When you install an energy-saving measure, it is important to evaluate its effect objectively. In the majority of cases this will be achieved by a “before-and-after” analysis making due allowance for the effect of the weather or other factors that cause known variations.
There are, however, some types of energy-saving device which can be temporarily bypassed or disabled at will, and for these it may be possible to do interleaved on-off tests. The idea is that by averaging out the ‘on’ and ‘off’ consumptions you can get a fair estimate of the effect of having the device enabled. The distorting effect of any hard-to-quantify external influences—such as solar gain or levels of business activity—should tend to average out.
A concrete example may help. Here is a set of weekly kWh consumptions for a building where a certain device had been fitted to the mains supply, with the promise of 10% reductions. The device could easily be disconnected and was removed on alternate weeks:
Week kWh Device? ---- ----- ------- 1 241.8 without 2 223.0 with 3 221.4 without 4 196.4 with 5 200.1 without 6 189.6 with 7 201.9 without 8 181.3 with 9 185.0 without 10 208.5 with 11 181.7 without 12 188.3 with 13 172.3 without 14 180.4 with
The mean of the even-numbered weeks, when the device was active, is 195.4 kWh compared with 200.6 kWh in weeks when it was disconnected, giving an apparent saving on average of 5.2 kWh per week. This is much less than the promised ten percent but there is a bigger problem. If you look at the figures you will see that the “with” and “without” weeks both have a spread of values, and their ranges overlap. The degree of spread can be quantified through a statistical measure called the standard deviation, which in this case works out at 19.7 kWh per week. I will not go into detail beyond pointing out that it means that about two-thirds of measurements in this case can be expected to fall within a band of ±19.7 kWh of the mean purely by chance. Measured against that yardstick, the 5.2 kWh apparent saving is clearly not statistically significant and the test therefore failed to prove that the device had any effect (as a footnote, when the analysis was repeated taking into account sensitivity to the weather, the conclusion was that the device apparently increased consumption).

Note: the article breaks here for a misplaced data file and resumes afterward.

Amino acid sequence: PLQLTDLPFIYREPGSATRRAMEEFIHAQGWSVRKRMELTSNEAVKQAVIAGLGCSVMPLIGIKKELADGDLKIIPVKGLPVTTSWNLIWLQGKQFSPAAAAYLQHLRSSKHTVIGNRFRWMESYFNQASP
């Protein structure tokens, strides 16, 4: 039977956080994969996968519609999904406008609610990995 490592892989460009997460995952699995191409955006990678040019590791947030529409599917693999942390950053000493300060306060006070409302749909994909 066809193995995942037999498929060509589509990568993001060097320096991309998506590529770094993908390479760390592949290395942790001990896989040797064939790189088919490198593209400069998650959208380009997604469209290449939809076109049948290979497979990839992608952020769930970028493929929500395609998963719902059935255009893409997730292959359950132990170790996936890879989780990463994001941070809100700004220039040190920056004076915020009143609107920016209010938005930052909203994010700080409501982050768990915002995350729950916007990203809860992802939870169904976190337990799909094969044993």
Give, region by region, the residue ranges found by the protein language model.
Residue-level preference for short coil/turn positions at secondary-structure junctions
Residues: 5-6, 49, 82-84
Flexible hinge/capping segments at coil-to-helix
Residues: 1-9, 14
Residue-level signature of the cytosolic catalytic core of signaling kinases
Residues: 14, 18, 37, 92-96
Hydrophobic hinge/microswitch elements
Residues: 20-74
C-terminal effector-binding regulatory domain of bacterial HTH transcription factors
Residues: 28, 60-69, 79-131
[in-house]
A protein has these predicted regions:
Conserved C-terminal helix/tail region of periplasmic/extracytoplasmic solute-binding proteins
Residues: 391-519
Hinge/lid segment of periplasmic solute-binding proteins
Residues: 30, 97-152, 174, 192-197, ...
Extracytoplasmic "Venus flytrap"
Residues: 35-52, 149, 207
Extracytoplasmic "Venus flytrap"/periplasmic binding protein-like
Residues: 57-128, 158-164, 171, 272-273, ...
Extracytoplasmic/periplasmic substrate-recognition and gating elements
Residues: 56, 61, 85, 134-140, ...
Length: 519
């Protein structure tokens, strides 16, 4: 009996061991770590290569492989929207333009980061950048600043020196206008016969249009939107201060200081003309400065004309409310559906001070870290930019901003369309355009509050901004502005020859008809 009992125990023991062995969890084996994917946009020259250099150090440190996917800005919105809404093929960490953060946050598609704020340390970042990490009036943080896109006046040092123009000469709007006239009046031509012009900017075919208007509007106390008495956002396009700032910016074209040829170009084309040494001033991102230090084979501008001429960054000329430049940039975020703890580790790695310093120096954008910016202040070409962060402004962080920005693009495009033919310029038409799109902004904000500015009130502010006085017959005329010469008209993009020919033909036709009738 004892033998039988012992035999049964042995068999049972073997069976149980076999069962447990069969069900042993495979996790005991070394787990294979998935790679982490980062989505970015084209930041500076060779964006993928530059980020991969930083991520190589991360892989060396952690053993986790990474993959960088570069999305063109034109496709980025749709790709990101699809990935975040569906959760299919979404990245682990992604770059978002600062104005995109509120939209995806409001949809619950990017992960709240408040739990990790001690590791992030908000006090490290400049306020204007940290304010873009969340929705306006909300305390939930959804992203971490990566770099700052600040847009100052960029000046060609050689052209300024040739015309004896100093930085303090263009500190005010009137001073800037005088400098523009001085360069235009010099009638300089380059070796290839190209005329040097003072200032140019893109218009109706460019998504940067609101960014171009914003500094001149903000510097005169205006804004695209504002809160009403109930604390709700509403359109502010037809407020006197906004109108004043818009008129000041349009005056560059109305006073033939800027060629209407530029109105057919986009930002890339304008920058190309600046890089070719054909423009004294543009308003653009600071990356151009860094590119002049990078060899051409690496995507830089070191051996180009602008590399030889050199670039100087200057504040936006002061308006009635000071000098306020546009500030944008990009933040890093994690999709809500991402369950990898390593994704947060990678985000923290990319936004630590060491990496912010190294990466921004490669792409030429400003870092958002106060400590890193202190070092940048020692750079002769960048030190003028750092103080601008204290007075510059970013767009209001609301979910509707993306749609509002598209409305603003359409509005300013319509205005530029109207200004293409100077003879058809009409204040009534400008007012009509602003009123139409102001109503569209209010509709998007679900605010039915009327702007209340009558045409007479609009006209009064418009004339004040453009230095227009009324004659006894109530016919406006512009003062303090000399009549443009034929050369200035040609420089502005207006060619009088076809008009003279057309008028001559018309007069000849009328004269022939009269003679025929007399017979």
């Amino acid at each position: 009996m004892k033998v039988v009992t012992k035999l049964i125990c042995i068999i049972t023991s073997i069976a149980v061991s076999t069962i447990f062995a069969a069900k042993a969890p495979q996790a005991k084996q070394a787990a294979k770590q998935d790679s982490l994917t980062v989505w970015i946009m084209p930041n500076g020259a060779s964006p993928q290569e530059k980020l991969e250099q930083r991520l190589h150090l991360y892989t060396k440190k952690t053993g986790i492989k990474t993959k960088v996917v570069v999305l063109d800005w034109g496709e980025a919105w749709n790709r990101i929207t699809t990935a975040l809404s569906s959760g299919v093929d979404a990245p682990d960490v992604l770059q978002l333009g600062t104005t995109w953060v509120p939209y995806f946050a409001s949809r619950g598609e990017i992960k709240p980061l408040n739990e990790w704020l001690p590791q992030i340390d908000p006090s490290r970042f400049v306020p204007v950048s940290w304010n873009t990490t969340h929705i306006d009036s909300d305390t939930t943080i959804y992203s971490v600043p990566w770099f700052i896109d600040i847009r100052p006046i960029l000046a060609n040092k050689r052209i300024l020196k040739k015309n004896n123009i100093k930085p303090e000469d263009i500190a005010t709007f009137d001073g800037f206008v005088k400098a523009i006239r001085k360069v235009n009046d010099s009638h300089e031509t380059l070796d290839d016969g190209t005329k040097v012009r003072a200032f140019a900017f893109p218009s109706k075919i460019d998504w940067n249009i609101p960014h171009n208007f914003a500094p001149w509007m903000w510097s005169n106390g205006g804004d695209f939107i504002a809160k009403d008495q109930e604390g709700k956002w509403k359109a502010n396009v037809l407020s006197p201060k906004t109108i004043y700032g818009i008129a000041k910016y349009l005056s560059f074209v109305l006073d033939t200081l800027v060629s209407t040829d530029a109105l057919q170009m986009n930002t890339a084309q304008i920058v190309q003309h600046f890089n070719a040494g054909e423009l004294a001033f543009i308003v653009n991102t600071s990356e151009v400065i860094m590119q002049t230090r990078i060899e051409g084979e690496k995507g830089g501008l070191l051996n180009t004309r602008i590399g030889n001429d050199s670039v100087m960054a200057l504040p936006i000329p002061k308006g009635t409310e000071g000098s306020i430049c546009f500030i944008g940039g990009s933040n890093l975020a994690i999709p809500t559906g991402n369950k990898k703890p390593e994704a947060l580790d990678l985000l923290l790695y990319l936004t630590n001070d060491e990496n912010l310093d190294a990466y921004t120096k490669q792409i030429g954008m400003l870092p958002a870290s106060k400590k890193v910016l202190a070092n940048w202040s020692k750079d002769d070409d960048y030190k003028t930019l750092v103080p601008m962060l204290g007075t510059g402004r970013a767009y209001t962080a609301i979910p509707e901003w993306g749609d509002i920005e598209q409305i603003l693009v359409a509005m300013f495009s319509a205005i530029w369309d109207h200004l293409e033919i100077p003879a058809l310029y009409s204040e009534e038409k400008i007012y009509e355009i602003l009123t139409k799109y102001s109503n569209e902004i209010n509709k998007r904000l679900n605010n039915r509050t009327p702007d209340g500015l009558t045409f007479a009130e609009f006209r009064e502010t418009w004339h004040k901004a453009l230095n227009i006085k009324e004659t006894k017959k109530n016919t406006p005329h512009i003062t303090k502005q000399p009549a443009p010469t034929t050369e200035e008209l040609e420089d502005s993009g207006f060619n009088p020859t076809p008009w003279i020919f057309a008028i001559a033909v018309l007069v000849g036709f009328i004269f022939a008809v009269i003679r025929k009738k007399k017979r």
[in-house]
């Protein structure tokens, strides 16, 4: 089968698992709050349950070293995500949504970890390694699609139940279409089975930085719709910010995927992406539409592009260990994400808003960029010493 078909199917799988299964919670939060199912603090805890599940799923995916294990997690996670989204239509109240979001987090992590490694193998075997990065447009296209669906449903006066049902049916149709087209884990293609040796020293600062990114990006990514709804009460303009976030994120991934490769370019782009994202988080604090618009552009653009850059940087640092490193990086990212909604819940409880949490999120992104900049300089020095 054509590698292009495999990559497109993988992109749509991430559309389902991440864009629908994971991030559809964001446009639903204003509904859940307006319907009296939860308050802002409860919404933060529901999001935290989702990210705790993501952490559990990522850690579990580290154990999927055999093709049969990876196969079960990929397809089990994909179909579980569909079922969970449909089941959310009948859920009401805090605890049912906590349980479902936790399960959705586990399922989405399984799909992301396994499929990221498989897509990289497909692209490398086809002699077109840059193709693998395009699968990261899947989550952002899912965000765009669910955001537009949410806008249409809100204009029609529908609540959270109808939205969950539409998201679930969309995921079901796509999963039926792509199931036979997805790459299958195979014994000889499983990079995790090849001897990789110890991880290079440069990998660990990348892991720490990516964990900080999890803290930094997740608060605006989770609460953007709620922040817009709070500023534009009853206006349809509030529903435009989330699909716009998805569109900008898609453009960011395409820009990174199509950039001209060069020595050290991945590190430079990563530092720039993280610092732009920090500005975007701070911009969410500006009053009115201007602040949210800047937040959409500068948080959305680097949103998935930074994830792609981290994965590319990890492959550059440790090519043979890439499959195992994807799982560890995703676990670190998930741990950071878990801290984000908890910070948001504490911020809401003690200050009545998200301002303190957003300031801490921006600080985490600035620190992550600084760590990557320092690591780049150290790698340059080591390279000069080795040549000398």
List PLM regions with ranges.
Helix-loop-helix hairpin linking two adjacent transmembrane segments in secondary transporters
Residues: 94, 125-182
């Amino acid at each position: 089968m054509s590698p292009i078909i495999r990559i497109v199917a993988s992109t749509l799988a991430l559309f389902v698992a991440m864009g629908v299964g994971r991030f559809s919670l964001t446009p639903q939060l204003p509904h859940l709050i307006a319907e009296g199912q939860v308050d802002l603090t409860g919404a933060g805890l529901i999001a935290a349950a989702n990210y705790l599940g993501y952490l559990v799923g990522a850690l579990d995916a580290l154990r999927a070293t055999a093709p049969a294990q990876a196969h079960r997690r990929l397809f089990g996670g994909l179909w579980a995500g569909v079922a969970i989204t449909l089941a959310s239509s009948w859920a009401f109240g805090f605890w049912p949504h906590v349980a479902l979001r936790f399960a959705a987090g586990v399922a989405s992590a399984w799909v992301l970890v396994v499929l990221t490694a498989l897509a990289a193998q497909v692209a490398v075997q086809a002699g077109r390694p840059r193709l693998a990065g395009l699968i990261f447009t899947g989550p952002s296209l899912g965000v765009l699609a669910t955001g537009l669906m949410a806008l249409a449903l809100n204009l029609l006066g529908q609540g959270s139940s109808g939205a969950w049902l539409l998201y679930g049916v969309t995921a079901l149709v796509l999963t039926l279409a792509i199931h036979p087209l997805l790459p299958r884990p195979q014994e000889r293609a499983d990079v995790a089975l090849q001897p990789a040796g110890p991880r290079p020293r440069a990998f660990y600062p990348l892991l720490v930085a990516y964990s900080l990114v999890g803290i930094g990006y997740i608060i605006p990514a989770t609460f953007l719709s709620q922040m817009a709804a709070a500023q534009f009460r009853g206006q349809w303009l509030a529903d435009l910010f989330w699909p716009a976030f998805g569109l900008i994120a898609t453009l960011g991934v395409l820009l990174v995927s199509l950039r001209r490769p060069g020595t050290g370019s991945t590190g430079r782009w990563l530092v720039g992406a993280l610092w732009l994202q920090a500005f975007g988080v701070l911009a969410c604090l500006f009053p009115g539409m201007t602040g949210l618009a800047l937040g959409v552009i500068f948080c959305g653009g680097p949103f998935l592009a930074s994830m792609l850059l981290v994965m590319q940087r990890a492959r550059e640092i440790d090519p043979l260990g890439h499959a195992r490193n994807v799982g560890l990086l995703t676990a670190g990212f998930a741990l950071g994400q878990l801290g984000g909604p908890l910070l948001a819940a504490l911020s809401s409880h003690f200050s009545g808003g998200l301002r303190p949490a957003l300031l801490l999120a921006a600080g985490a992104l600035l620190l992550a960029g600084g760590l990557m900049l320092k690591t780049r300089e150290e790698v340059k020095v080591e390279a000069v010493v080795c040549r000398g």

When contemplating tests of this sort it is important to choose the length of on-off interval carefully. In the case cited, a weekly interval was used because the building had weekend/weekday differences. A daily cycle would also be inappropriate for monitoring heating efficiency in some buildings because of the effect of heat storage in the building fabric: a shortfall in heat input one day might be made up the next. Particular care is always needed where a device which reduces energy input might resulting in a shortfall in output which then has to be made up in the following interval when it is disconnected. This will notably tend to happen with voltage reduction in electric heating applications. During low-voltage interval the heaters will run at lower output and this may result in a heat deficit being ‘exported’ to the succeeding high-voltage period, when additional energy will need to be consumed to make up the shortfall, making the high-voltage interval look worse than the low-voltage one. To minimise this distortion, be sure to set the interval length several times longer than the typical equipment cycle time.
Otherwise there are perhaps two other stipulations to add. Firstly, the number of ‘on’ and ‘off’ cycles should be equal; secondly, although there is no objection to omitting an interval for reasons beyond the control of either party (such as metering failure) it could be prudent to insist that intervals are omitted only in pairs, and that tests should always recommence consistently in either the ‘off’ or ‘on’ state. This is to avoid the risk of skewing the results by selectively removing individual samples.